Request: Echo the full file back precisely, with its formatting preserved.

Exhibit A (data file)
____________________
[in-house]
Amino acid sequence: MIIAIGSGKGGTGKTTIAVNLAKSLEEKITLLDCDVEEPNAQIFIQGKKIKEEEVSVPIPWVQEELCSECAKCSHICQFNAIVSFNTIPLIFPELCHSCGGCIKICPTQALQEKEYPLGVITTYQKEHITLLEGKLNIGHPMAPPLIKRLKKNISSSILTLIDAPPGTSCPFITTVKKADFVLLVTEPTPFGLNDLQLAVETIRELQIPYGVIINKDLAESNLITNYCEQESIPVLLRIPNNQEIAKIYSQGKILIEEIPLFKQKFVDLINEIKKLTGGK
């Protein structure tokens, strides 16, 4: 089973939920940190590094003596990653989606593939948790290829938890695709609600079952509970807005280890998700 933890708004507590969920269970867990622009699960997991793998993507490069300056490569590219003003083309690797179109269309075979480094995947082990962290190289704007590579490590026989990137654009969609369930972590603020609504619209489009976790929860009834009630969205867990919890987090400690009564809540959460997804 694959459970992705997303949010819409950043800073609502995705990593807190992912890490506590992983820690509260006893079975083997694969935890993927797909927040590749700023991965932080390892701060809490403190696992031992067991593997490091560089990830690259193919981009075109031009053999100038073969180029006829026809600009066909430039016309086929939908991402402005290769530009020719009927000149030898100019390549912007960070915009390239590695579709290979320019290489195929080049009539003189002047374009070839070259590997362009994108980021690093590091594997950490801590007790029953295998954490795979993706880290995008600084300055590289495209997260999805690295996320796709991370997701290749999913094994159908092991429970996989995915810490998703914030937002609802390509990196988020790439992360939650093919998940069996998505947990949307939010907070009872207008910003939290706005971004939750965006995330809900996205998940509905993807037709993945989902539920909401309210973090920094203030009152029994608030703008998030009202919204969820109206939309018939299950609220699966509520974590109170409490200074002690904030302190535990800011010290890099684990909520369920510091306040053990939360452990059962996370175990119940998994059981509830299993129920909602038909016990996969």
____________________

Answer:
[in-house]
Amino acid sequence: MIIAIGSGKGGTGKTTIAVNLAKSLEEKITLLDCDVEEPNAQIFIQGKKIKEEEVSVPIPWVQEELCSECAKCSHICQFNAIVSFNTIPLIFPELCHSCGGCIKICPTQALQEKEYPLGVITTYQKEHITLLEGKLNIGHPMAPPLIKRLKKNISSSILTLIDAPPGTSCPFITTVKKADFVLLVTEPTPFGLNDLQLAVETIRELQIPYGVIINKDLAESNLITNYCEQESIPVLLRIPNNQEIAKIYSQGKILIEEIPLFKQKFVDLINEIKKLTGGK
């Protein structure tokens, strides 16, 4: 089973939920940190590094003596990653989606593939948790290829938890695709609600079952509970807005280890998700 933890708004507590969920269970867990622009699960997991793998993507490069300056490569590219003003083309690797179109269309075979480094995947082990962290190289704007590579490590026989990137654009969609369930972590603020609504619209489009976790929860009834009630969205867990919890987090400690009564809540959460997804 694959459970992705997303949010819409950043800073609502995705990593807190992912890490506590992983820690509260006893079975083997694969935890993927797909927040590749700023991965932080390892701060809490403190696992031992067991593997490091560089990830690259193919981009075109031009053999100038073969180029006829026809600009066909430039016309086929939908991402402005290769530009020719009927000149030898100019390549912007960070915009390239590695579709290979320019290489195929080049009539003189002047374009070839070259590997362009994108980021690093590091594997950490801590007790029953295998954490795979993706880290995008600084300055590289495209997260999805690295996320796709991370997701290749999913094994159908092991429970996989995915810490998703914030937002609802390509990196988020790439992360939650093919998940069996998505947990949307939010907070009872207008910003939290706005971004939750965006995330809900996205998940509905993807037709993945989902539920909401309210973090920094203030009152029994608030703008998030009202919204969820109206939309018939299950609220699966509520974590109170409490200074002690904030302190535990800011010290890099684990909520369920510091306040053990939360452990059962996370175990119940998994059981509830299993129920909602038909016990996969």